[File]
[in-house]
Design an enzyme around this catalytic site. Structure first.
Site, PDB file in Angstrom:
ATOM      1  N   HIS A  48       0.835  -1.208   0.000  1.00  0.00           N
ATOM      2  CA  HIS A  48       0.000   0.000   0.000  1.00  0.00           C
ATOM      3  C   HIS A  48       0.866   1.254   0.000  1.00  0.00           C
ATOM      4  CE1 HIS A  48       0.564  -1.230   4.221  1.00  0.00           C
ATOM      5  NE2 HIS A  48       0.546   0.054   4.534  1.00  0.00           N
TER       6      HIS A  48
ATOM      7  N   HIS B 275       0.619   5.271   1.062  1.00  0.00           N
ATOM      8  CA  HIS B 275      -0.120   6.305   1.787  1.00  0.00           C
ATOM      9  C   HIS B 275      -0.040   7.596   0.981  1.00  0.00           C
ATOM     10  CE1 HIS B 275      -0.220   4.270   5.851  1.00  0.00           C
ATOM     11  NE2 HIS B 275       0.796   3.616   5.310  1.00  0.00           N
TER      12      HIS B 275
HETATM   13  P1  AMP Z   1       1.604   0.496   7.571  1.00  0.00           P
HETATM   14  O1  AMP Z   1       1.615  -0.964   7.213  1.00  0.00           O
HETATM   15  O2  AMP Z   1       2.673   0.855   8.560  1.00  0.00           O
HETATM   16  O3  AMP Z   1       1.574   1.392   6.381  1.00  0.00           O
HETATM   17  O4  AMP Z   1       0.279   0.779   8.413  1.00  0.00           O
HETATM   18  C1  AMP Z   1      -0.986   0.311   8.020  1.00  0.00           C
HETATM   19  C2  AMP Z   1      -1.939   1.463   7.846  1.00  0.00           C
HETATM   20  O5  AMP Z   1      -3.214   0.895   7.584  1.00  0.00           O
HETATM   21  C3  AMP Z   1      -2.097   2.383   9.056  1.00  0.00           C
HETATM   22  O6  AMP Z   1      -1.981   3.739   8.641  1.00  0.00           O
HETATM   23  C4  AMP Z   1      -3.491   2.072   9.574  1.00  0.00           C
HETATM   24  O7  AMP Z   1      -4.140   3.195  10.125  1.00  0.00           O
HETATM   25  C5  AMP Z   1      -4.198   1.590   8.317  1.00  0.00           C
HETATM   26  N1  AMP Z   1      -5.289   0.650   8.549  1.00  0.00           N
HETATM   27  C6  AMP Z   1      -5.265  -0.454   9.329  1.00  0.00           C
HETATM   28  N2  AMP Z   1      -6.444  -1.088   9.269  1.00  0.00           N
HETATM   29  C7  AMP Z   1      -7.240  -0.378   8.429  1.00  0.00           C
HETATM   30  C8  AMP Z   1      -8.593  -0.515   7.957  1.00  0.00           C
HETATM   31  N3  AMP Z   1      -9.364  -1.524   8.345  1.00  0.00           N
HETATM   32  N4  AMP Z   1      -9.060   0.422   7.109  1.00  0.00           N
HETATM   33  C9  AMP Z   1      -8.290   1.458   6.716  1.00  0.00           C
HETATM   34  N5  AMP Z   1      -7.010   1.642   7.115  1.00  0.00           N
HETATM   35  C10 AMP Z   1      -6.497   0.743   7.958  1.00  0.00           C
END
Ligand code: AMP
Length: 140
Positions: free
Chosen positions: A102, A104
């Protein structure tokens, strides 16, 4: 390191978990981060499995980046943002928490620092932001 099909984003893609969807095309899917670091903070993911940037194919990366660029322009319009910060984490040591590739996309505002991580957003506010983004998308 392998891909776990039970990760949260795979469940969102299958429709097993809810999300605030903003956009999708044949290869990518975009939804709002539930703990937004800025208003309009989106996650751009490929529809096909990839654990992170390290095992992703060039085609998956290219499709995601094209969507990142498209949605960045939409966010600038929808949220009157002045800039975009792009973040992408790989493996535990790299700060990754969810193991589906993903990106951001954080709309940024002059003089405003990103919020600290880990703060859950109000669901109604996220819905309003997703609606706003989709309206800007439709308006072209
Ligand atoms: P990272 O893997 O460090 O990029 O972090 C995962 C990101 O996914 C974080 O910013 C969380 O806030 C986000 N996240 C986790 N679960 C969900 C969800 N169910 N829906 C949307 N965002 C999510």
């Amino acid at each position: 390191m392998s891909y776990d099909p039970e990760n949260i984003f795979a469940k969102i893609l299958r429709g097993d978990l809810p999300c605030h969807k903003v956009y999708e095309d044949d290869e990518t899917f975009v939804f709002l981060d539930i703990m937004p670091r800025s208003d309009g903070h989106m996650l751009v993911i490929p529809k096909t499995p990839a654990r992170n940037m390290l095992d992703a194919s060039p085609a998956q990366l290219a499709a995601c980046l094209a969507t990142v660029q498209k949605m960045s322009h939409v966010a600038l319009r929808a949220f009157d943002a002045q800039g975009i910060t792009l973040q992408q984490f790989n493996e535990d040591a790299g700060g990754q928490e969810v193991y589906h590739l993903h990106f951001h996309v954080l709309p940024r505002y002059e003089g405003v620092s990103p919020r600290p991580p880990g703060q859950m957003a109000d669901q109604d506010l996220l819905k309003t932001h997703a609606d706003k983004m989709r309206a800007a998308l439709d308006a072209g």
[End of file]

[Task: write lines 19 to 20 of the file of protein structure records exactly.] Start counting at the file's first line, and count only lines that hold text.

HETATM   16  O3  AMP Z   1       1.574   1.392   6.381  1.00  0.00           O
HETATM   17  O4  AMP Z   1       0.279   0.779   8.413  1.00  0.00           O